The Bible says that the rain falls both on the just and the unjust (Mt. 5:45). Paul makes it clear here that Christians will suffer, just as Christ suffered on the cross.

However, our sufferings are nothing compared to the glory that we will receive in Heaven. It will all be worthwhile.

There is a purpose to suffering. It is attaining for us our glory in Heaven (2 Cor. 4:17).

“For the earnest expectation of the creation eagerly waits for the revealing of the sons of God.” (v. 19). Not only will we receive glory in Heaven, but we will also receive glory when we, “the sons of God”, are revealed when we return with Christ to rule the world.

In fact, the whole creation waits eagerly in earnest expectation for this revealing. All of creation was cursed when sin came into the world through Adam and Eve. The earth was cursed, innocent animals suffered and died, and, of course, mankind suffered and died.

“For the creation was subjected to futility, not willingly, but because of Him who subjected it in hope;” (v. 20). God commanded all of this suffering upon the creation “in hope”, the hope that the creation will be set free of the effects of sin.

“Because the creation itself also will be delivered from the bondage of corruption into the glorious liberty of the children of God.” (v. 21). All of creation will be freed from the bondage of sin and will be brought into “the glorious liberty of the children of God” in Heaven.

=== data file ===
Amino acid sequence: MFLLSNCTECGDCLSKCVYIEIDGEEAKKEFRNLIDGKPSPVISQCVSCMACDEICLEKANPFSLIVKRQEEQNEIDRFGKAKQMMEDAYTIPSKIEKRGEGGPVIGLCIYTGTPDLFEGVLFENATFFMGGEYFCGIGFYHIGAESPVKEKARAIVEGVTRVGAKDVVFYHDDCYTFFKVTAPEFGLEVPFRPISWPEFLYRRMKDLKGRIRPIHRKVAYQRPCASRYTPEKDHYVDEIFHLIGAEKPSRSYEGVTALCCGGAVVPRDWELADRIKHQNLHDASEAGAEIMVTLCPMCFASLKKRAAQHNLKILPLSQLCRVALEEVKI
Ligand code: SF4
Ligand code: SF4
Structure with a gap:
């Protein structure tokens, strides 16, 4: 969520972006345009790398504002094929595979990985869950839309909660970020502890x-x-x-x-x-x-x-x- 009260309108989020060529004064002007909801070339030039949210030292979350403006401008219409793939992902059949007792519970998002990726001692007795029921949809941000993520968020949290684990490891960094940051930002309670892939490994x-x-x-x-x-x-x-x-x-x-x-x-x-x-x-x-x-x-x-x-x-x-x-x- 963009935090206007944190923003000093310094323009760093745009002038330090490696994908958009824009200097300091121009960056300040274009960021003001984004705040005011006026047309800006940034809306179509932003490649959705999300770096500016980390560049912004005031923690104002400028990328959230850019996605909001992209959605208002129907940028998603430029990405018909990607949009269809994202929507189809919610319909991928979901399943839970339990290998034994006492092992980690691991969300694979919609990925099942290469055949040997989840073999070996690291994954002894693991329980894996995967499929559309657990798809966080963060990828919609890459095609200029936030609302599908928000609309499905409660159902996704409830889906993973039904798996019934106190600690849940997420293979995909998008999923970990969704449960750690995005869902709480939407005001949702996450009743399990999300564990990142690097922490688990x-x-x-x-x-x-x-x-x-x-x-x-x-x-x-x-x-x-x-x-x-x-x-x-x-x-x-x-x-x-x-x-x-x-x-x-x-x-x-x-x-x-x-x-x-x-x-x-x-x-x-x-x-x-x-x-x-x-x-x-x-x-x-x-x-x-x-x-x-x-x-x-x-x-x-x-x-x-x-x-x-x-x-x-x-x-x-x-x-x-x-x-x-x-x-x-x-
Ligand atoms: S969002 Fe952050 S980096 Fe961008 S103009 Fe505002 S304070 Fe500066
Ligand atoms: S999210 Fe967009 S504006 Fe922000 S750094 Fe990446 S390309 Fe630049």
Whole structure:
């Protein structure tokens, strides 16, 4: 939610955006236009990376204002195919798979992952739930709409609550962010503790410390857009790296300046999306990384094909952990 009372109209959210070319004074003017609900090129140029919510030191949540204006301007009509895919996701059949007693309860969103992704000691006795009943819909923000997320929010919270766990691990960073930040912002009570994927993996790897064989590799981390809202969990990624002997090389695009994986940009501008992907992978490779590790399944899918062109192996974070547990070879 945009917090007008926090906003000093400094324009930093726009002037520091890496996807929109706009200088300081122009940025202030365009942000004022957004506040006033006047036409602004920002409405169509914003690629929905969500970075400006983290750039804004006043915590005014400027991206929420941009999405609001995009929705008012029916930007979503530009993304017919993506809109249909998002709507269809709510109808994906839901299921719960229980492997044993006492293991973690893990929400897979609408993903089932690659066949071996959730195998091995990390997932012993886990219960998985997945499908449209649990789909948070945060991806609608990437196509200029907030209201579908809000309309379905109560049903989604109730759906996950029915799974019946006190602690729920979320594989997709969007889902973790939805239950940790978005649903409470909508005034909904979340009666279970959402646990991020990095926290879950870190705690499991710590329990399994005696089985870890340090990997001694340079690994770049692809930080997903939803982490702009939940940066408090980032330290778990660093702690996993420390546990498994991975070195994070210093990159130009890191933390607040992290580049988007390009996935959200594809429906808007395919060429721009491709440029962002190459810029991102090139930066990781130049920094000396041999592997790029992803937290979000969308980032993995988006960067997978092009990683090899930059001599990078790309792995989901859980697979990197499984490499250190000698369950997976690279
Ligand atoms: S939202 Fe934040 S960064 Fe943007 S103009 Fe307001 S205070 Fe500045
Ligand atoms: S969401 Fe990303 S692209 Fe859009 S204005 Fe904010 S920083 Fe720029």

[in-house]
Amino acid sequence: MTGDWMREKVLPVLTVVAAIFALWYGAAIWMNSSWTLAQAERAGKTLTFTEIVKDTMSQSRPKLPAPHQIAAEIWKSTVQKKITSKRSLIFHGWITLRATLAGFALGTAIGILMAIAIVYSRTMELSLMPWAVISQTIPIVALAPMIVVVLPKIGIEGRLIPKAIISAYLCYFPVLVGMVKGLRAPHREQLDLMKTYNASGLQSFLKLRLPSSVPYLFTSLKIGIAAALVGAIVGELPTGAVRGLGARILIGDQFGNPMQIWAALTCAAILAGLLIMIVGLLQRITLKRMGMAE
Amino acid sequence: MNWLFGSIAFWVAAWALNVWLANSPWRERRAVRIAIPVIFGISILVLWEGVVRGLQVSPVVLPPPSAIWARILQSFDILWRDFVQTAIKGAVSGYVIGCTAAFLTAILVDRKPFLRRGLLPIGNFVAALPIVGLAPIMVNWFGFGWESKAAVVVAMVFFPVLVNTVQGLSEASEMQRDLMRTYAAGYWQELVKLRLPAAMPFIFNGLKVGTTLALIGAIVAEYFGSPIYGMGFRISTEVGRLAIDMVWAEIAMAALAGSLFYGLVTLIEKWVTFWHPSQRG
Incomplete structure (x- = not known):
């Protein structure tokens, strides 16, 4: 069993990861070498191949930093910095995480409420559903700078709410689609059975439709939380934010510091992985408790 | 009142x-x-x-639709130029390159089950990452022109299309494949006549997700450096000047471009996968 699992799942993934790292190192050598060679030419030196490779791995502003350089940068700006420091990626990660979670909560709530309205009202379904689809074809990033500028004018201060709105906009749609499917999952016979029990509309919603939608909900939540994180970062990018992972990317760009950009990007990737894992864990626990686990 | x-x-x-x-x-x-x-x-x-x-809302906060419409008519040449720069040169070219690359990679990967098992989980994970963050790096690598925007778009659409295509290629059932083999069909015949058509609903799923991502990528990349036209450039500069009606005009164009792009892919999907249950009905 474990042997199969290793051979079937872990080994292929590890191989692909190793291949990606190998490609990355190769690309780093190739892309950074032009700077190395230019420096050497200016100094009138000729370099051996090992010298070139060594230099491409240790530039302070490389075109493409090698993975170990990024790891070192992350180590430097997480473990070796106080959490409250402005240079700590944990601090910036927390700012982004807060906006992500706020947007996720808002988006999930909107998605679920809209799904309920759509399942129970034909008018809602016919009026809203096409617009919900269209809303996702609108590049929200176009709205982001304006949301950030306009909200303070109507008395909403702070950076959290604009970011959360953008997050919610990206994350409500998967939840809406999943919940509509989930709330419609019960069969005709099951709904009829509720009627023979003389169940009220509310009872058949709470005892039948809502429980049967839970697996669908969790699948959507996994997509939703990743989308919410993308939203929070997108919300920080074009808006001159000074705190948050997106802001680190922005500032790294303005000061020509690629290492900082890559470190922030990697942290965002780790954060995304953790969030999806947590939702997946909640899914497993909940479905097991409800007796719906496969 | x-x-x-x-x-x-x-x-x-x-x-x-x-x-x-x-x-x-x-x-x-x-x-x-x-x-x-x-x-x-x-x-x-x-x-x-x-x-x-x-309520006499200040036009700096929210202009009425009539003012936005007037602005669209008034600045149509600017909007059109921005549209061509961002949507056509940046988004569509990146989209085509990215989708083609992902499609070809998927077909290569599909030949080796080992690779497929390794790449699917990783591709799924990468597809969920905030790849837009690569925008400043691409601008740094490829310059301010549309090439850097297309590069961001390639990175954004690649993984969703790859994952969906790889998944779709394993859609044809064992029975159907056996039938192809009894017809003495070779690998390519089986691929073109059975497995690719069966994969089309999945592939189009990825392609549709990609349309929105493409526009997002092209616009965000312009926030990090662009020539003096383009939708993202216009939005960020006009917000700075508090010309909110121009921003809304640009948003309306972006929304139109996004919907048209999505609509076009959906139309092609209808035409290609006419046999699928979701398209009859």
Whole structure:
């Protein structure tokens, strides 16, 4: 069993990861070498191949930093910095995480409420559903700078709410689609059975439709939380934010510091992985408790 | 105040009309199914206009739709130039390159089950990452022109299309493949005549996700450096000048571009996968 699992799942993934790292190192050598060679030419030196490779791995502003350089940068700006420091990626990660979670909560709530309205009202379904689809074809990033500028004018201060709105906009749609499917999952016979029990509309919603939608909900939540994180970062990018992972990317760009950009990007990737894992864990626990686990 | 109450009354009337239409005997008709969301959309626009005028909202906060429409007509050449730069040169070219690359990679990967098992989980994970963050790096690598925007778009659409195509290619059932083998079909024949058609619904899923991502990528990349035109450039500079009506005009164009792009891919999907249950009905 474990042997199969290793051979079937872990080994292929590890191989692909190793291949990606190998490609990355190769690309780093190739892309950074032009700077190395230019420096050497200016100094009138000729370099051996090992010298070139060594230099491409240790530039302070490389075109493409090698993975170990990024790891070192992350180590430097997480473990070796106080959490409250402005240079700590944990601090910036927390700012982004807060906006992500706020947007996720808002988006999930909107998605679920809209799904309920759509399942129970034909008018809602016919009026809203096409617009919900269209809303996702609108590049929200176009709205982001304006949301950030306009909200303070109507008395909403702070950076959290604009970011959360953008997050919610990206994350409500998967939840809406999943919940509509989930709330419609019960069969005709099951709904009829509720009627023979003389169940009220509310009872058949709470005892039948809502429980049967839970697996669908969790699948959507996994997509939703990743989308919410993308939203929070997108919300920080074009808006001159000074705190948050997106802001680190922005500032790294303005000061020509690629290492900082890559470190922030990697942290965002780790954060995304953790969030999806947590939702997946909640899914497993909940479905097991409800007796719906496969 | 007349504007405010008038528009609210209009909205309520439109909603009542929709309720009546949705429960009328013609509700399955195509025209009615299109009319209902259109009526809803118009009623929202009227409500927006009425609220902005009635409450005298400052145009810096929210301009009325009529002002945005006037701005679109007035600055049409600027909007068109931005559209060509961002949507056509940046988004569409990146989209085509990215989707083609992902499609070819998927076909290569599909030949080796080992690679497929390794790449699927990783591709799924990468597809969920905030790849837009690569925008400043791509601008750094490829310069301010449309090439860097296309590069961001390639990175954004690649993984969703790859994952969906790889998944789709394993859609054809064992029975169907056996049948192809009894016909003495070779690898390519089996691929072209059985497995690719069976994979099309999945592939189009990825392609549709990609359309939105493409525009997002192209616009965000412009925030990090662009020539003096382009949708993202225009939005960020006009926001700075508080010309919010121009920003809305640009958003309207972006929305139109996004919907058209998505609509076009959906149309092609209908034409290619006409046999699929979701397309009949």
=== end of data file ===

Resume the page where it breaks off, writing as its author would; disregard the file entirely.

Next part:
“For we know that the whole creation groans and labors with birth pangs together until now.” (v. 22). Until that time, the whole creation suffers from the presence of sin in the world.

“Not only that, but we also who have the firstfruits of the Spirit, even we ourselves groan within ourselves, eagerly waiting for the adoption, the redemption of our body.” (v. 23). We Christians, who have “the firstfruits of the Spirit”, the Holy Spirit (Eph. 1:13-14), still suffer from the effects of sin in the world as we wait for our bodily redemption. Our suffering takes many forms, from sickness and persecution, to pain, to death.

“For we were saved in this hope, but hope that is seen is not hope; for why does one still hope for what he sees?” (v. 24). We Christians were “saved in this hope”, the hope of bodily redemption.

However, this hope is not a maybe. It is a sure thing. We already see it, through reading the Gospel. We already have salvation, even though we have not yet received it. So why do we still hope?

“But if we hope for what we do not see, we eagerly wait for it with perseverance.” (v. 25). Our hope is because, even though we know we have received our salvation, we still have not yet received it. And so, we wait eagerly for it, while we persevere in our faith.

“Likewise, the Spirit also helps in our weaknesses. For we do not know what we should pray for as we ought, but the Spirit Himself makes intercession for us with groanings which cannot be uttered.” (v. 26). The Holy Spirit is our Helper (John 14:26). He helps us when we are weak, and not progressing in our sanctification.

Even when we don’t know what to pray for anymore, the Holy Spirit will take our weak prayers and send them to the Father and Son in Heaven in the right format.

“Now He who searches the hearts knows what the mind of the Spirit is, because He makes intercession for the saints according to the will of God.” (v. 27). Then, God in Heaven searches our hearts and knows the mind of the Holy Spirit in us.

As the Holy Spirit intercedes for us, the saints, he renders our prayers in a format that is in the will of God. And God grants requests that are in line with His will.

The Holy Spirit helps us in our suffering. The Holy Spirit continues our work in progress to become holy. He works in our lives to accomplish practical sanctification.